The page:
Number of improving markets is static
The number of cities where the real-estate picture is improving fell from 101 to 100. Phoenix was among 17 new cities on the list, while 18 cities dropped off.
The number of cities where the real-estate market was deemed to be improving remained stable in May at 100, down one from last month and just one more than in March.
The report from the National Association of Home Builders was the latest set of statistics that showed that the real-estate market was not getting worse, but it was not getting better quickly, either.
The National Association of Home Builders/First American Improving Markets Index evaluates metro areas based on building permits, employment and home prices. To be considered an improving market, a city must have shown improvement in all three areas for at least six months.
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The 100 improving markets include about 25% of U.S. metropolitan areas, but many of them are small.
"In places where employment is firming up along with demand for new homes, the main factors weighing down the housing market continue to be access to credit (for both builders and buyers) and the difficulty of obtaining accurate appraisals on new construction," NAHB Chairman Barry Rutenberg, a builder from Gainesville, Fla., said in a news release.
The largest city to join the list was Phoenix, which has also made a strong showing on other lists. Other new entrants were Pensacola, Fla.; Bend, Ore.; Lubbock, Texas; and Ann Arbor, Mich., plus 12 smaller cities.
Falling off the list were Dallas; Charlotte, N.C.; Louisville, Ky.; Minneapolis; Fargo, N.D.; Dayton, Ohio; and San Antonio, as well as 11 smaller cities. All the cities but one lost their places on the list because of falling prices. Merced, Calif., was dropped because of a decline in building permits.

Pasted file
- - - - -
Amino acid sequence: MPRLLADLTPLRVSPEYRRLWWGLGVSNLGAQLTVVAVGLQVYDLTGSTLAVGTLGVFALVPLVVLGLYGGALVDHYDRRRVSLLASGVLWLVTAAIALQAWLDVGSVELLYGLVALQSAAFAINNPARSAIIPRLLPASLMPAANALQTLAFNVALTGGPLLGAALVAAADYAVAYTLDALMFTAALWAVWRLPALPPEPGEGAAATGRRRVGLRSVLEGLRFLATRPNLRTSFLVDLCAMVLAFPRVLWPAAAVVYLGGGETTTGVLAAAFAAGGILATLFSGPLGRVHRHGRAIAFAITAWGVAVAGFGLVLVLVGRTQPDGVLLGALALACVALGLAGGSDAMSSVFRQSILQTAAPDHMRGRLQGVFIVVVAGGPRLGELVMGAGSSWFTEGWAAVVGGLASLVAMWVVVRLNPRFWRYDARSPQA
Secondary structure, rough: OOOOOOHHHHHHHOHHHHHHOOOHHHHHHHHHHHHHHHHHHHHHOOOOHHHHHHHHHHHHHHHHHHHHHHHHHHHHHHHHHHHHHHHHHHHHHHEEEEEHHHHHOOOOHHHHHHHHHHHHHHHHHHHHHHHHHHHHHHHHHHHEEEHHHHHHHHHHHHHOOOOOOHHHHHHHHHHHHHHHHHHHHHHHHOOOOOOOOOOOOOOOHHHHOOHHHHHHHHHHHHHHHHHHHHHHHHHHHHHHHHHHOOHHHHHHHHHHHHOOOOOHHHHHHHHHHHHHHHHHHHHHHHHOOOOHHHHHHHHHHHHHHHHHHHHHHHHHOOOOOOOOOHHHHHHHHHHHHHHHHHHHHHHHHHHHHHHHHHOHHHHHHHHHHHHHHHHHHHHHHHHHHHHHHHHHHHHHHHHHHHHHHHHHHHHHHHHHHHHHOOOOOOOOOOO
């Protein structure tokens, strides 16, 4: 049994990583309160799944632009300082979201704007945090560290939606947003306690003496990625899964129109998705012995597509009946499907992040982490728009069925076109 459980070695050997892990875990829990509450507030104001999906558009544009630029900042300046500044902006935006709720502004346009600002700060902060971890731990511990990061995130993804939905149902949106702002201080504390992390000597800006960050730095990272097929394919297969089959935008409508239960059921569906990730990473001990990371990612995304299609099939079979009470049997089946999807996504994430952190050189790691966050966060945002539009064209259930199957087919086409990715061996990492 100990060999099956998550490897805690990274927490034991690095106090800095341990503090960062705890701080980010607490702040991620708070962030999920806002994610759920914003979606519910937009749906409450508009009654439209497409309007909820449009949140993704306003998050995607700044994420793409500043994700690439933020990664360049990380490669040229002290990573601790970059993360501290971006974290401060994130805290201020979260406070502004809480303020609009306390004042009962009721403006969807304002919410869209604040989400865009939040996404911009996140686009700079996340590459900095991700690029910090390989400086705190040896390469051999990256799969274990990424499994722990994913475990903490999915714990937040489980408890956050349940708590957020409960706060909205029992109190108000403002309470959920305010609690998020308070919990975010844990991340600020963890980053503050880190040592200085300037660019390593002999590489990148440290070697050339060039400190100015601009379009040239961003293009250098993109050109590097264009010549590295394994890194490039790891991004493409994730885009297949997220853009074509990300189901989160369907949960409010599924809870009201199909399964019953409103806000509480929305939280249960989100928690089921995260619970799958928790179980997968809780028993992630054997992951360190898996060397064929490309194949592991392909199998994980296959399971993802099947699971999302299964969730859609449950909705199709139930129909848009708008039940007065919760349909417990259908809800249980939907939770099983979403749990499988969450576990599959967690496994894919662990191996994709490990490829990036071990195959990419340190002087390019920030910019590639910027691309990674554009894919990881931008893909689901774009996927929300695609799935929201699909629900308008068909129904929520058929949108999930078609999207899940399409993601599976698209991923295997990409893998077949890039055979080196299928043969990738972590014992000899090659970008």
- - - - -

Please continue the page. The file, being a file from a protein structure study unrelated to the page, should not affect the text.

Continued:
"The overall number of markets on the IMI continued to plateau this month, with more than a quarter of all U.S. metros still showing signs of improvement," NAHB chief economist David Crowe said in a news release. "Many of these are relatively small markets in terms of their population and building volume, which is why their improvement is barely registering on the national scale as of yet. Moreover, we are seeing some shifting of markets on and off the list primarily due to small seasonal house price changes in areas that have had flat, stable prices rather than a boom-and-bust cycle."
About Teresa Mears
Teresa Mears is a veteran journalist who has been interested in houses since her father took her to tax auctions to carry the cash at age 10. A former editor of The Miami Herald's Home & Design section, she lives in South Florida where, in addition to writing about real estate, she publishes Miami on the Cheap to help her neighbors adjust to the loss of 60% of their property value.